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Here is the lay of the sentiment land for the week:
Barron’s Institutional Survey
According to the latest Barron’s “Big Money Poll”, the professional investors are fairly bullish but not excited about stocks (see graph). But the majority, 55%, believe the market to be undervalued.
And 87% say they see themselves as buyers within 3-6 months. The remaining 13% see themselves as seller in that time frame.
AAII Sentiment Survey
The American Association of Individual Investors sentiment survey continues to be problematic for bulls. From a contrarian point of view, the ideal is if sentiment remains unchanged or even falls in the face of a market rally. What we are seeing however is the opposite. As the market has recovered, the AAII sentiment survey has shown an alarming increase in bulls.
I mentioned this last week in the sentiment overview and unfortunately, things have gotten slightly worse. Now only 26% of AAII respondents are bearish and 53% are bullish. There is no way we can discount or ignore this. Such a high level of bullishness is downright frightening - from a contrarian point of view. The last time we had this many bulls in the AAII was in October 2007 when the market put in its swing high.
I’ve been also noticing technical indicators also pop up showing a potential for the recovery to stall. So while in the short term we might be in for some turbulence or even a set back, I still think there are enough things in place for a protracted bull market.
According to AMG Data, for the first 3 months of 2008 equity funds had a net outflow of $29.7 B - including ETFs. Domestic funds had an outflow of $22.5 B.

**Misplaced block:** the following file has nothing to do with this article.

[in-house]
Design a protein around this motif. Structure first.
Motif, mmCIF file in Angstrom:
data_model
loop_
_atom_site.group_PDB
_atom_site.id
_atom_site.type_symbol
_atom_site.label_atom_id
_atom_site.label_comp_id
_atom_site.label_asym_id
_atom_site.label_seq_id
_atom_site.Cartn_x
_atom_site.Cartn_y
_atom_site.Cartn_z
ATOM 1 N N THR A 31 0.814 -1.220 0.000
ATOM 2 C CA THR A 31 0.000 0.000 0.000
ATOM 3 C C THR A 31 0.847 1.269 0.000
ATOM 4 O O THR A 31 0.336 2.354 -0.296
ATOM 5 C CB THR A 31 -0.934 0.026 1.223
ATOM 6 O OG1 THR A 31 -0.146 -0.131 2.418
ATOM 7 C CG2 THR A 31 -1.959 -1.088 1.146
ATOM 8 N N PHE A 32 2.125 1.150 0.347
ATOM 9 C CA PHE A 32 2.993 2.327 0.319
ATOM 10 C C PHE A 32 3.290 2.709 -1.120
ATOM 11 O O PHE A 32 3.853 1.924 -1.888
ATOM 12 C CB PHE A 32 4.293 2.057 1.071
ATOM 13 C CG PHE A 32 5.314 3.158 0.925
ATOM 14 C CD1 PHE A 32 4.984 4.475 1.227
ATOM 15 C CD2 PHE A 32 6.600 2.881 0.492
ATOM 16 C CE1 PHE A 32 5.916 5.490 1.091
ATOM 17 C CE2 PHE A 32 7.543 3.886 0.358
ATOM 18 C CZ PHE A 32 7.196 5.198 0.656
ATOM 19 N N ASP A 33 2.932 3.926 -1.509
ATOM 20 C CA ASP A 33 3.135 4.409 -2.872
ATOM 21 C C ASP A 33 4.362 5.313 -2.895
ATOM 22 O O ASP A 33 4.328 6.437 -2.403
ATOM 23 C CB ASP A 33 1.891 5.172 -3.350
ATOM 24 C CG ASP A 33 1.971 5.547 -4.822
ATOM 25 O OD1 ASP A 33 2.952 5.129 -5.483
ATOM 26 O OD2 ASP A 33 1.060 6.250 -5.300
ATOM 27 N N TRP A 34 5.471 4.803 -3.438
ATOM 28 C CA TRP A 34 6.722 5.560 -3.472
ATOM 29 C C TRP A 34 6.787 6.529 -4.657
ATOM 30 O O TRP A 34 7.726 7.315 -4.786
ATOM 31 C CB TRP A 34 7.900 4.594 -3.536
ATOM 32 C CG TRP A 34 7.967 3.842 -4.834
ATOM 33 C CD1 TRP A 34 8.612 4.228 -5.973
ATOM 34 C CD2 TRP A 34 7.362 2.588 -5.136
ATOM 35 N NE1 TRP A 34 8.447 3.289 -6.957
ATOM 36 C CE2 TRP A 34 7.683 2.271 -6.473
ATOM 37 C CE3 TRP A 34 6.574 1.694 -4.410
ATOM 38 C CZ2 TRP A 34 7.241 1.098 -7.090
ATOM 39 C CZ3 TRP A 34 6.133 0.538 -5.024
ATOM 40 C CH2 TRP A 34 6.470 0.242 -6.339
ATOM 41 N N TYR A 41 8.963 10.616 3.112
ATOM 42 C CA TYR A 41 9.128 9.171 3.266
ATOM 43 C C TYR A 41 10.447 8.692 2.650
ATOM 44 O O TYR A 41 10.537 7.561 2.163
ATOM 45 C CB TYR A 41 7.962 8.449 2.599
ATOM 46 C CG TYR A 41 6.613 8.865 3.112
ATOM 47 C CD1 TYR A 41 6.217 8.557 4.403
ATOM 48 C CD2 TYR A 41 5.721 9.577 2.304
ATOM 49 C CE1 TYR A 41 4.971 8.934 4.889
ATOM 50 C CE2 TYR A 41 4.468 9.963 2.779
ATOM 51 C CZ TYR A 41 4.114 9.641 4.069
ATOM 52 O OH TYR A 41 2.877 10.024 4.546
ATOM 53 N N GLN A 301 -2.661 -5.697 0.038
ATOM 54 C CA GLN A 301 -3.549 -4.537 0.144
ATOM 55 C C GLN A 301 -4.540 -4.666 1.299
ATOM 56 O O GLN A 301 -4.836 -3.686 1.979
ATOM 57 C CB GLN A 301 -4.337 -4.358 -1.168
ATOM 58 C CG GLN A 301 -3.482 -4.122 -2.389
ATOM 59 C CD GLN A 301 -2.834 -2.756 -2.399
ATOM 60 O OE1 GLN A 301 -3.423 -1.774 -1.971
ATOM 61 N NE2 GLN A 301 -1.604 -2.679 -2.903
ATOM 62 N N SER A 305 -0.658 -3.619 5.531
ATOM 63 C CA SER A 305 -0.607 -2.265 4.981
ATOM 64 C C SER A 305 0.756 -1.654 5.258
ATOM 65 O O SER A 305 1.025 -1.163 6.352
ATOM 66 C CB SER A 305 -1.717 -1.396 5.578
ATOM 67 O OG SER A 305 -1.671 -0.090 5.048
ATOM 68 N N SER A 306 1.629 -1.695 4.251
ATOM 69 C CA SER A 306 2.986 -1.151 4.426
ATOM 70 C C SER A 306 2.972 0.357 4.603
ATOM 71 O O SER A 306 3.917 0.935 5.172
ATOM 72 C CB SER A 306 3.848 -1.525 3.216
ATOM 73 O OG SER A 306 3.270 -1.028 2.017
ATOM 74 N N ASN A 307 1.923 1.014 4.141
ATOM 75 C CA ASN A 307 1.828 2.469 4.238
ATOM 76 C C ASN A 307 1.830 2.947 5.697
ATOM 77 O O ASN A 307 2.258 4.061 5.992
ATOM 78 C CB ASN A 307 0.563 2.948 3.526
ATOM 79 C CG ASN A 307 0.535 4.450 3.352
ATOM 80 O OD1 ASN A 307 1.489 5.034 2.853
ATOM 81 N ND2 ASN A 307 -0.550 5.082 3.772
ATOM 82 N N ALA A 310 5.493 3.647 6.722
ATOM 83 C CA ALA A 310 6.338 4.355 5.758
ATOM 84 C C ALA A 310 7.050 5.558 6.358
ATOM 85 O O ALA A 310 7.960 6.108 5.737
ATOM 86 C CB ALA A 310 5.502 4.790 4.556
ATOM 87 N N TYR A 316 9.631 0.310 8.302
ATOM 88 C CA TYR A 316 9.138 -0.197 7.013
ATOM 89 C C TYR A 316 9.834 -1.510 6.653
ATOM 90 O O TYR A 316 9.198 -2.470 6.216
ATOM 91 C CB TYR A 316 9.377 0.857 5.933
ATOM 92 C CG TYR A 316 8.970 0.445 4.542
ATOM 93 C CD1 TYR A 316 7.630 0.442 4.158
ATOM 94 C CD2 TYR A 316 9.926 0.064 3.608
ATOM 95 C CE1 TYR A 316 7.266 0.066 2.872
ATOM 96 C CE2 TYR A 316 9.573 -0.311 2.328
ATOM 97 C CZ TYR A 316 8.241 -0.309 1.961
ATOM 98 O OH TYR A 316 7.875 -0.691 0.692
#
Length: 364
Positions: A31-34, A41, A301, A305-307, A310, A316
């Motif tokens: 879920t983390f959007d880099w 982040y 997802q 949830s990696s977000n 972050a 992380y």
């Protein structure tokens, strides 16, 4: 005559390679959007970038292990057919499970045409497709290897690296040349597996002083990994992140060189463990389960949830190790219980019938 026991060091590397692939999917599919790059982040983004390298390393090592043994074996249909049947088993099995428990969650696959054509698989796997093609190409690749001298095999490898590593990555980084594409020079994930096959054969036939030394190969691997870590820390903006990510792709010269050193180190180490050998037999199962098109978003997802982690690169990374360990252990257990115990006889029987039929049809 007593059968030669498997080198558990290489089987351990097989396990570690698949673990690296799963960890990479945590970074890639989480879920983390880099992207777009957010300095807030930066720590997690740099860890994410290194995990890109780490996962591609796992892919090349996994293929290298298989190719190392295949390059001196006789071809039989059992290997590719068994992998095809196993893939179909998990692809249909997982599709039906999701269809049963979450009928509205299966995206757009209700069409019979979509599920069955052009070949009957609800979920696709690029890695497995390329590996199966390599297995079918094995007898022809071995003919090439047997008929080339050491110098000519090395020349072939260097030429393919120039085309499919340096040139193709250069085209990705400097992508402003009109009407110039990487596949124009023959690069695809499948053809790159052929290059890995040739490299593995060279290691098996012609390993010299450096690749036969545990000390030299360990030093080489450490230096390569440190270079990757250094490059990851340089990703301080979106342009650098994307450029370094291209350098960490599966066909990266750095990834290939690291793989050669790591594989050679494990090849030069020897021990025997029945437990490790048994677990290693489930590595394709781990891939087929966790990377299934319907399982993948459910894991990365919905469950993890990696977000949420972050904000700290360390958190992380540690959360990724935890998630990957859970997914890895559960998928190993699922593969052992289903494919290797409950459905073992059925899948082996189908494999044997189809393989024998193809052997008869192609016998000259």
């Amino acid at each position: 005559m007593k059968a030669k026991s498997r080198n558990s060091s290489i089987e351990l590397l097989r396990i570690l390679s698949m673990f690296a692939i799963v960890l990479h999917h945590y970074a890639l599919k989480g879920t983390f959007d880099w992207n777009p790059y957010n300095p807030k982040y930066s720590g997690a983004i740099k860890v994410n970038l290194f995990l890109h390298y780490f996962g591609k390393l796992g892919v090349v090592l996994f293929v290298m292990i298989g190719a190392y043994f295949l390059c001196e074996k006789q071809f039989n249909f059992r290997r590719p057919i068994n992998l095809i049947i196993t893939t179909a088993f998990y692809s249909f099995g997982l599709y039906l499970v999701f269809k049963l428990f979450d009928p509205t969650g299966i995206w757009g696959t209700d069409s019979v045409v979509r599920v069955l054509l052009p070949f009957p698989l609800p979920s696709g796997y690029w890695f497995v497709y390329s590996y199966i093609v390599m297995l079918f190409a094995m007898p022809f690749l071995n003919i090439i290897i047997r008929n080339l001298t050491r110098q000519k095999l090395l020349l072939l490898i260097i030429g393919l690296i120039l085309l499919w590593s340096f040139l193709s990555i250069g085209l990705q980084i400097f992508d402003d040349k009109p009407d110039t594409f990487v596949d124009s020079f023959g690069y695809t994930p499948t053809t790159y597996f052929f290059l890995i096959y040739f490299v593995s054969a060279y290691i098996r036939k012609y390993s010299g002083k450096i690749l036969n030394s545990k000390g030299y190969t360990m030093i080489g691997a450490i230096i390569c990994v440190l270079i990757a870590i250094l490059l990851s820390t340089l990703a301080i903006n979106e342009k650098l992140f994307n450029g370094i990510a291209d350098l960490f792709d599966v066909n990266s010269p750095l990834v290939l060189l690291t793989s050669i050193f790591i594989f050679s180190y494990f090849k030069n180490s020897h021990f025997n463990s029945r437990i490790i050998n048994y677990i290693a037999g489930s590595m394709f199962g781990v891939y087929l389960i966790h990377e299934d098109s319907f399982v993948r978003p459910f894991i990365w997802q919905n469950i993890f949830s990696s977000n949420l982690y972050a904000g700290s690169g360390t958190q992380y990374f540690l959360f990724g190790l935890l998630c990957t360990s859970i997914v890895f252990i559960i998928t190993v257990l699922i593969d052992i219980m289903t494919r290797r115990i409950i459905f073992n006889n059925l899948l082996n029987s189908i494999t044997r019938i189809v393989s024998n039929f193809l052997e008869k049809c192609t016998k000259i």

By March the panic was apparently over and mutual funds and ETFs once again had net inflows: $14.7 B for the month. Net outflows during corrections tells me that the retail investor isn’t stubbornly clinging to hope. But selling in fear that things will get worse. But in the end, the market needs inflows to be able to power ahead.
When you combine the healthy return of inflows to mutual funds and ETFs with the limited supply of securities due to a lack of IPOs, and secondaries as well as the further restriction of supply through continuous buy-back programs, you have the right setting for a powerful bull market.
Warren Buffett: “worst is over”
The Sage of Omaha believes that “the worst of the crisis in Wall Street is over”. In an interview he said that he supported the Bear Stearns buyout because there was a real risk of contagion had it fallen. He also thinks “the Fed did the right thing” by stepping in and acting as a direct lender to the financial companies in need. Of course, this is little consolation to those who are being squeezed by the mortgage crisis but from a trading or investment point of view, it is nice to have someone like Buffett confirm that Armageddon was averted. At the same time, Buffet - unlike Richard Russell - is not a raging bull. He thinks that we will see moderate future growth, much less than in the past decades.
This isn’t really sentiment, as such, but I include it because it dovetailed nicely with Barron’s poll results where most respondents believe the stock market to be undervalued.
Ford Equity Research uses a proprietary measure to determine valuation for a company. They take the market price of the company’s stock and divide by value, derived from “a proprietary intrinsic value model”. According to Ford, 40% of the almost 1,800 US stocks it tracks are undervalued.
This, by itself, wouldn’t mean much except that this measure has an enviable track record. The previous times that it showed a higher percentage of stocks undervalued was at the end of 2002, as the bear market ended, with 48% of the stock universe undervalued. The second instance when there were more than 40% of stocks undervalued was in 1998, during the Asian financial crisis (also known as the LTCM debacle).
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